AL Manager of the Year - Either Lou Piniella or Grady Little. Lou deserves props for winning despite having an underwhelming offense. Still, I'm leaning more towards Little, though, because of the way he completely turned around the ugliest clubhouse in the majors and made the BoSox enjoy the game, and contend, again.

(edit: fixed some spelling and grammar mistakes)

(edited by Zaphod on 4.8.02 1541)
Grimis
Scrapple








Since: 11.7.02
From: MD

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#29 Posted on | Instant Rating: 2.09
NL Cy Young: Randy Johnson. I know Schilling has a great K/BB ratio, but a relativly high ERA. The Unit is just money.

AL Cy Young: Who knows? Lowe?

NL MVP: Vlad deserves serious consideration, as does Dunn, Andruw Jones, Lance Berkman, Junior Spivey, etc.

AL MVP: Torii Hunter or Alfonso Soriano. It should be one of those two. They mean so much to their teams that they would be nothing without them. A-Rod should not be conisdered because the Rangers would still suck without him. Using that logic, Melvin Mora should win the award.

NL ROY: How about consideration for Austin Kearns?

AL ROY: Rodrigo Lopez or Jorge Julio. Two great young pitchers having great years.

NL Manager: Tony LaRussa.

AL Manager: Ron Gardenhire, especially given the circumstances and the injuries to their pitching staff.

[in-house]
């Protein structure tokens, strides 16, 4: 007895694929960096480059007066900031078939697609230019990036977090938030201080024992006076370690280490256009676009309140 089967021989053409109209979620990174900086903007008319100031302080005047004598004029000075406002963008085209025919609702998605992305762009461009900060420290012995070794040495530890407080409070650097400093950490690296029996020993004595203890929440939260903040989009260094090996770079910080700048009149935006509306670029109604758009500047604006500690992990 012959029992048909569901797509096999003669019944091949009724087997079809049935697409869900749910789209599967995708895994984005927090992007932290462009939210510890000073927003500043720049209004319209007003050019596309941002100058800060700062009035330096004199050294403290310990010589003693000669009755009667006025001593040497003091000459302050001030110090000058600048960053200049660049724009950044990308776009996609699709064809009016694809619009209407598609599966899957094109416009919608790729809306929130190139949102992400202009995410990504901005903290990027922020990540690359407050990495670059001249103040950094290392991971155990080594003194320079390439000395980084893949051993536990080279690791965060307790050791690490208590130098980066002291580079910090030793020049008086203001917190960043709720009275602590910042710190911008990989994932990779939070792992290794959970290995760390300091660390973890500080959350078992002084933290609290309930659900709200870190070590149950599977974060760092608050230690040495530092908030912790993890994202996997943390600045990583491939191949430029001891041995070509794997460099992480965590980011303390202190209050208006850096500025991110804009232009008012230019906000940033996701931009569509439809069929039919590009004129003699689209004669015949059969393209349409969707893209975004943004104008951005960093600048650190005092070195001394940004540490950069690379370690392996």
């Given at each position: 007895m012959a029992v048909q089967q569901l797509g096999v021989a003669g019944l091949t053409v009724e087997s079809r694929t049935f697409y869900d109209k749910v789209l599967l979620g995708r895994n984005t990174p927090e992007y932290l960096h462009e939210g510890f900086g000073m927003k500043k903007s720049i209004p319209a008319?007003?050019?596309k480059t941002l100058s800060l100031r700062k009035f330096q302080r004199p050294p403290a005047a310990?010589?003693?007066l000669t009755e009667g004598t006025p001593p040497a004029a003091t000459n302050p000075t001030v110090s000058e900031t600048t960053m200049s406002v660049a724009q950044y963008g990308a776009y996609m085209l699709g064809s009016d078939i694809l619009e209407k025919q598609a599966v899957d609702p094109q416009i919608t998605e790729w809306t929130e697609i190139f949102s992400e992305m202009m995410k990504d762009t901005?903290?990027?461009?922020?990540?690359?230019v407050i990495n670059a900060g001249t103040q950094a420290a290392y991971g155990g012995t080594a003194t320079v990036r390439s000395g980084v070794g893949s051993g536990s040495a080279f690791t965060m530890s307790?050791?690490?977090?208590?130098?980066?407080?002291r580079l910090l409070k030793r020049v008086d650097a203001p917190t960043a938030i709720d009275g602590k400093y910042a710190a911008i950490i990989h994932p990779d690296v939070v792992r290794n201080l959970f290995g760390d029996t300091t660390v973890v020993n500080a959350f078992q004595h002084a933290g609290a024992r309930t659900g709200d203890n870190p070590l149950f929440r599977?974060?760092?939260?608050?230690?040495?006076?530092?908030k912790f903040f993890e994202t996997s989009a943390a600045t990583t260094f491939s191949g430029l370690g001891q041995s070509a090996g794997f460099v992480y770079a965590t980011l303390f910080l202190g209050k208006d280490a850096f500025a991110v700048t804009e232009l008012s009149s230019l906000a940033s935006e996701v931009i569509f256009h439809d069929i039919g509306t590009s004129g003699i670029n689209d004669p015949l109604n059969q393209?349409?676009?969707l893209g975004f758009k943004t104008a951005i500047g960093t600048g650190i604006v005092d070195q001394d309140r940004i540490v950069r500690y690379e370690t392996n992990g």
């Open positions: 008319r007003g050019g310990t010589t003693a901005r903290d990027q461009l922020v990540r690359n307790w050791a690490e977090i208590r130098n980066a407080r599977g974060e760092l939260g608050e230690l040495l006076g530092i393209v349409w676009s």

emma
Cherries > Peaches








Since: 1.8.02
From: Phoenix-ish

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#30 Posted on

    Originally posted by Zaphod
    My picks for the various awards:

    NL Manager of the Year - Tough call. Bob Boone, Tony LaRusa, Frank Robinson, Jim Tracy, and Jeff Torborg all deserve serious consideration. Of those 5, though, only LaRusa has his team in first place in his division right now, and of the remaining four, Tracy is the only one with a real shot at capturing first. With that in mind, it makes LaRusa's job this season, with a patchwork rotation, the death of great pitcher and clubhouse leader Darryl Kile, and the free agent bust that is Tino Martinez at a key offensive position that much more impressive. I don't like the guy, but I've got to vote for Tony here.


    (edited by Zaphod on 4.8.02 1541)



I always love how there's never any reason to mention Bob Brenley. After all, he's got the two best
starters in MLB. What's there for the guy to do?? Uh -- yeah.
TheCow
Landjager








Since: 3.1.02
From: Knoxville, TN

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#31 Posted on
NL Cy Young: Schilling. Hands down, he's having one of the best seasons we've seen a pitcher have recently. One of the top ERAs, most wins, fewest walks, competing for the K lead. Why wouldn't he get it? Because he doesn't strike fear into the hearts of batters like his partner does?

(On a side note, I understand the argument for Smoltz as Cy Young winner, but I wouldn't vote for him (if I voted) unless both Schlling and Johnson tank here on out. He gets my 3rd place vote.)

AL Cy Young: Tough race. Gut feeling says to go with Lowe, but then there's Pedro pitching right with him. Not to mention Zito, Rodrigo Lopez (but he'll win Rookie), plus any other random pitchers - Paul Byrd, even. Nobody seems to remember he's having an awesome season (probably because he plays for the Royals). That being said, I'll still take Lowe over the lot of 'em.